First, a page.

The Hon. Mr. Justice Hedley :
1.  This case concerns two children P and L aged respectively 10 and 6.  Their biological parents are R W-B and ML but in fact both ML and AR on the one hand and RW-B and SW-B on the other are in long term, stable same-sex relationships.  The children live (as they always have and as all have agreed that they should) with R W-B and S W-B (who also holds parental responsibility for both) and they live effectively as a nuclear family.  The essential question in this case is the nature and extent of contact that P and L should have with ML and AR.

2. On 29 July 2011 I gave my first judgment in this matter.  That had two aims: the principal one was to determine the nature of the relationship that had both been intended and had developed between the girls and the men; the subsidiary was to make provision for interim contact.  One of the few positives to be reported is that all parties have complied with that order.  This judgment must be read in connexion with and as supplemental to that judgment.

3. In my first judgment I concluded that P was suffering significant emotional harm as a result of the protracted and intense conflict between the four adults in her life.  So far as I can judge, her position has improved not a whit in the interim and I remain unable to discern any basis for real hope that that can change.  Happily L was comparatively unharmed but I shared the Guardian's concern as to how long that could so remain.  All the evidence suggests that she has not yet suffered significant emotional harm but all the factors which underpinned the Guardian's concern remain as they were and thus I am not optimistic for L's future emotional health.  They have apparently both been referred to CAMHS; given their very different experiences of contact over the last three years, I can well understand why they should receive separate treatment as, at present, both girls have very different needs even if those needs all emanate from the same source i.e. the adult conflict.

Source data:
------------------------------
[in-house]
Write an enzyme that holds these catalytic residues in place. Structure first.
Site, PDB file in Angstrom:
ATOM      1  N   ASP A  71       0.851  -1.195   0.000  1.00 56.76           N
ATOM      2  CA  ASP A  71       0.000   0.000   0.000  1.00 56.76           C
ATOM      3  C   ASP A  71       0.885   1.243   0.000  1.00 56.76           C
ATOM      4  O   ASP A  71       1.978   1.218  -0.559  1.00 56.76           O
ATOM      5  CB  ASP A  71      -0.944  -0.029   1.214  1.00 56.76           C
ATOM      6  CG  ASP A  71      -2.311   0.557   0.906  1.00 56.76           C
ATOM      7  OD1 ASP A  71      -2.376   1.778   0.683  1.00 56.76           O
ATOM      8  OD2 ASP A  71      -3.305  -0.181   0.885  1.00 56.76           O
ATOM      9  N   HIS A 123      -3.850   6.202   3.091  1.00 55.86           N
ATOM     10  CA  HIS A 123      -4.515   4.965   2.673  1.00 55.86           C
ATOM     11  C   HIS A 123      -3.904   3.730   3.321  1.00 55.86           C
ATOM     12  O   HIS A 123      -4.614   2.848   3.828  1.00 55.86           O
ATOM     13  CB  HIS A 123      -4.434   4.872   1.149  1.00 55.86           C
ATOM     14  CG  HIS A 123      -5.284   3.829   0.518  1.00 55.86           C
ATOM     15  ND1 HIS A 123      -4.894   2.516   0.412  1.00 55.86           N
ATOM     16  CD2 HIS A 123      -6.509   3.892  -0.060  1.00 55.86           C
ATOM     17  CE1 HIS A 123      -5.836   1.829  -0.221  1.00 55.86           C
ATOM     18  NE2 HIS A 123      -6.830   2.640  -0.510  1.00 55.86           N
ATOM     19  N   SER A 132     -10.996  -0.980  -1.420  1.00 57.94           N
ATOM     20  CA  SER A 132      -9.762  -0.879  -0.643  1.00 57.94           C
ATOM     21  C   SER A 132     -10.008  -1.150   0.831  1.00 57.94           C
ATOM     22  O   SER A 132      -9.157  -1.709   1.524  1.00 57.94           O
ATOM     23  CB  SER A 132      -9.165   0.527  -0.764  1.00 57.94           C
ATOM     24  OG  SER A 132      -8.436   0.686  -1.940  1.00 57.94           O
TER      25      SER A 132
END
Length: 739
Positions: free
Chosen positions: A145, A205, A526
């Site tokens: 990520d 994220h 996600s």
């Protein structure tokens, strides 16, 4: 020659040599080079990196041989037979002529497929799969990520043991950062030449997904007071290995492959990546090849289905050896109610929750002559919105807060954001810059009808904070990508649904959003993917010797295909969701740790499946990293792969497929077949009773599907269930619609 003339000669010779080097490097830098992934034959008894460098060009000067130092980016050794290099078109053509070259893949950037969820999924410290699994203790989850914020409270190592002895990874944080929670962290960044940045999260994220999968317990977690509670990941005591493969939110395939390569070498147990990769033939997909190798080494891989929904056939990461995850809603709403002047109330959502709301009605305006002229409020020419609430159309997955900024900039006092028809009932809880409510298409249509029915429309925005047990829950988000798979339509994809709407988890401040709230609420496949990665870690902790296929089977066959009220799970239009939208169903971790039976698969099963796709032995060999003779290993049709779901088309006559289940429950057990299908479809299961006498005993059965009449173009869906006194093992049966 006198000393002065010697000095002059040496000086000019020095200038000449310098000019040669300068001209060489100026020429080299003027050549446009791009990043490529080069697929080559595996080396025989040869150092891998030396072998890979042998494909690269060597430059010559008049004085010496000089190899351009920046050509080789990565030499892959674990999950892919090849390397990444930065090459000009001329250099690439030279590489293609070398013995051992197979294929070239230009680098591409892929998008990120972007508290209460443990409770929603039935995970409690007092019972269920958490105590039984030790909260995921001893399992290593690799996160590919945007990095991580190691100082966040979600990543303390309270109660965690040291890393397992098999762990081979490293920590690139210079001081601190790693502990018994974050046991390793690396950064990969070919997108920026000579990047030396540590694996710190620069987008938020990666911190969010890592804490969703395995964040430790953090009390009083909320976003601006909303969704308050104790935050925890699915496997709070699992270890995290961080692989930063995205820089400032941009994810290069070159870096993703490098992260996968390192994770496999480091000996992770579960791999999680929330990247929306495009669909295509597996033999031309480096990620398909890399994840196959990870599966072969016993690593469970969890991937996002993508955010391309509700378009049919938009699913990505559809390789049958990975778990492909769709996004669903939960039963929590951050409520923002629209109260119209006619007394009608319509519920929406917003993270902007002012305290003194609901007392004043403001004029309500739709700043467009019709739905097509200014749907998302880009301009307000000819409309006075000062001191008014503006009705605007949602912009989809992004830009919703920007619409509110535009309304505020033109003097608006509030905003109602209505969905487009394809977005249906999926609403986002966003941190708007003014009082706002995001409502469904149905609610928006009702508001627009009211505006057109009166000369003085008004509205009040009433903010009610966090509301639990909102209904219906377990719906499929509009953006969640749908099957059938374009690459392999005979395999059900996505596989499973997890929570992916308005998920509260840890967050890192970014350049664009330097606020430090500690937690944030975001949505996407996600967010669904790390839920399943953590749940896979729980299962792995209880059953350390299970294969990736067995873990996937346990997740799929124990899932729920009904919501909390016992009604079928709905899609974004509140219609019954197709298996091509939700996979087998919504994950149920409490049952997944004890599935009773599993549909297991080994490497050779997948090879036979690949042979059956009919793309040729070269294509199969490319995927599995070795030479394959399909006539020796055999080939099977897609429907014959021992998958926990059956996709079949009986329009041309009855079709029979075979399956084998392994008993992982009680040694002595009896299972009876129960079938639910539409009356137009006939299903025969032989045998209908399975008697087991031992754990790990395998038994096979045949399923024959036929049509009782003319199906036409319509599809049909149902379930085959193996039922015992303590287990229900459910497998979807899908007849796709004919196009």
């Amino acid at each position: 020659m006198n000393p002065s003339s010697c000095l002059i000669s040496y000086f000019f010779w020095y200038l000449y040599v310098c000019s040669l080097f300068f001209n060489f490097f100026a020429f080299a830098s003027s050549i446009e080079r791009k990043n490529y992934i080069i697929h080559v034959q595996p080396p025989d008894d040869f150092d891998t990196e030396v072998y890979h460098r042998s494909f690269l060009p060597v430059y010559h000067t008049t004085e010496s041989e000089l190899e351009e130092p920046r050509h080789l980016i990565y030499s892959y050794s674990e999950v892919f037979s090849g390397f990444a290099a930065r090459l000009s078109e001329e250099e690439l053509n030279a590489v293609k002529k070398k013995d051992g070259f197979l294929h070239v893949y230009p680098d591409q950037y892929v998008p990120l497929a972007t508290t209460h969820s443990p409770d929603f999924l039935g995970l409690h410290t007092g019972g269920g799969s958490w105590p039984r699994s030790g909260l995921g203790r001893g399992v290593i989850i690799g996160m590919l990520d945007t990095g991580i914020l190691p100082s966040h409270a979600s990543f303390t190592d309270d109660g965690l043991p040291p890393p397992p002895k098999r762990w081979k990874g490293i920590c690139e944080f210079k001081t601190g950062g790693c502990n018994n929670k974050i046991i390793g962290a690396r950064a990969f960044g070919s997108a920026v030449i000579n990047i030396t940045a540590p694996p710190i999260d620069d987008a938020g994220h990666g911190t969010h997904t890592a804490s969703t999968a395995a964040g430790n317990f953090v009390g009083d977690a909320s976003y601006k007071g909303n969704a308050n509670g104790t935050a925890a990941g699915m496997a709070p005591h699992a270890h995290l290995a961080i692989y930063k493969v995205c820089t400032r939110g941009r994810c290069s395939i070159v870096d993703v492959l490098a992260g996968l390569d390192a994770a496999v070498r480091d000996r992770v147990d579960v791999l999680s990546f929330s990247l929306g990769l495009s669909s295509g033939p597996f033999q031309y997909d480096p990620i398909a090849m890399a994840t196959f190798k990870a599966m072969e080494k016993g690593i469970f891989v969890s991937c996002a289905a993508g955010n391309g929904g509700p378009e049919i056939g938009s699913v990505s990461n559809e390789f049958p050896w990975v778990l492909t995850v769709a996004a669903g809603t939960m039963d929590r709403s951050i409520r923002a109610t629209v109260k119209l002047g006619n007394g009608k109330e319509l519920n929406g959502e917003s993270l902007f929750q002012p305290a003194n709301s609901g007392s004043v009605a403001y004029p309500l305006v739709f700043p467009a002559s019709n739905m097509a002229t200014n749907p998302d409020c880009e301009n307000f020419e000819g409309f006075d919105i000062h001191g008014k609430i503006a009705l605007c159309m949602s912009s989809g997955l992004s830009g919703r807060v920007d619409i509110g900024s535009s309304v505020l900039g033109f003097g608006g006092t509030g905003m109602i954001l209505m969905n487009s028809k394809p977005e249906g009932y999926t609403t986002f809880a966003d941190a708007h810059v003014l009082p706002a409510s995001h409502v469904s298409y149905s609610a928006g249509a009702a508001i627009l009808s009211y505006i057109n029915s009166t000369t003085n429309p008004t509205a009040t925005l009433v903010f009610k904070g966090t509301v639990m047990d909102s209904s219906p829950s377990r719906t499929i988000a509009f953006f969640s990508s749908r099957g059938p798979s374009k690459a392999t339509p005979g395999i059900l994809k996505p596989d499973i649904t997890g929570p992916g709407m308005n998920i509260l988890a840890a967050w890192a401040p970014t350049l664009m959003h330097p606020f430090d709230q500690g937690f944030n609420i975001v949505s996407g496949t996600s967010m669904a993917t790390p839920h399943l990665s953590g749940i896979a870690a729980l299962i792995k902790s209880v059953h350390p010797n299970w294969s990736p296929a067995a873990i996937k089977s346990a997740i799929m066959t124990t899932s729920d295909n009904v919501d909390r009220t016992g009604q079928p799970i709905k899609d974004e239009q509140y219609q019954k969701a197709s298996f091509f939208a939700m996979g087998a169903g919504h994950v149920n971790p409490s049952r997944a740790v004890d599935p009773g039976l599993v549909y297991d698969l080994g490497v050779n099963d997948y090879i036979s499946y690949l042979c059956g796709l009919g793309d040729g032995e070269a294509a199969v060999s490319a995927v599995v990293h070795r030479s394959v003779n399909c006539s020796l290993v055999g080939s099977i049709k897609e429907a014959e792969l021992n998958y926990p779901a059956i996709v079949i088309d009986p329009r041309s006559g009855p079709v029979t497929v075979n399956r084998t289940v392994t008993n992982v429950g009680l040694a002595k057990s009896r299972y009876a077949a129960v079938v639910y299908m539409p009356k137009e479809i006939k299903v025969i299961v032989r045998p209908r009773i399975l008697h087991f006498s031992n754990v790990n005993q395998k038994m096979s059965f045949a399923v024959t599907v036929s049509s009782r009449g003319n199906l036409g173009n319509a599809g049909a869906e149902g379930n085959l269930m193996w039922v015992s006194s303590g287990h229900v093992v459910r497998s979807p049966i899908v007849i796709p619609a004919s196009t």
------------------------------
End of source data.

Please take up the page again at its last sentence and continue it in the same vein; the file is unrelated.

4. In my first judgment I made it clear that, although the parties had failed to agree on their respective roles before P was born, nevertheless it had been possible to discern some shape in what had then happened.  It was clear that all have agreed that the women should be the principal parents and, in particular, that S W-B would take the role of second parent which in a traditional family would have been fulfilled by the father.  At the same time, whilst it was clear that the men would assume a secondary role, it was a significant one both in terms of identity and of providing the male component of parenting and of benign adult familial relationships.

5. I appreciate that in a case like this we are in what is still new territory in defining the roles of the various parties in the context of parenting.  I have tried to develop the concept of principal and secondary parents since, for reasons already explained, conventional roles provide unreliable models.   The men are not separated fathers for they have never been, nor did they ever intend to be, resident parents to these girls.  On the other hand they are different to grandparents for not only is ML the biological father of both girls but he holds parental responsibility in respect of them.  The only safe course is to resist the almost overwhelming temptation to use established conventional models but rather to recognise that a distinct concept of parenting and parental roles is made necessary by the sort of (by no means unusual) arrangement to parent decided upon in this case.  It was I think in recognition of this that Mr. Paul Storey, Q.C. on behalf of the women invited the court to give such guidance as it could.  It is a tempting invitation but (beyond what I have already said) one fraught with risk.

6. The difficulty is that there are really no restraints on what parties can choose to agree should be their respective roles.  At one extreme parties freely agree that the male role will be limited to identity which need not necessarily involve any direct contact at all.  At the other, a woman, particularly if single, may seek an arrangement closely aligned to an involved but separated father typical of a traditional arrangement - and, of course, anything in between.  In exercising a welfare jurisdiction the court will be bound to give careful consideration and weight to any such agreement.  In one sense that will not usually be an unduly difficult exercise.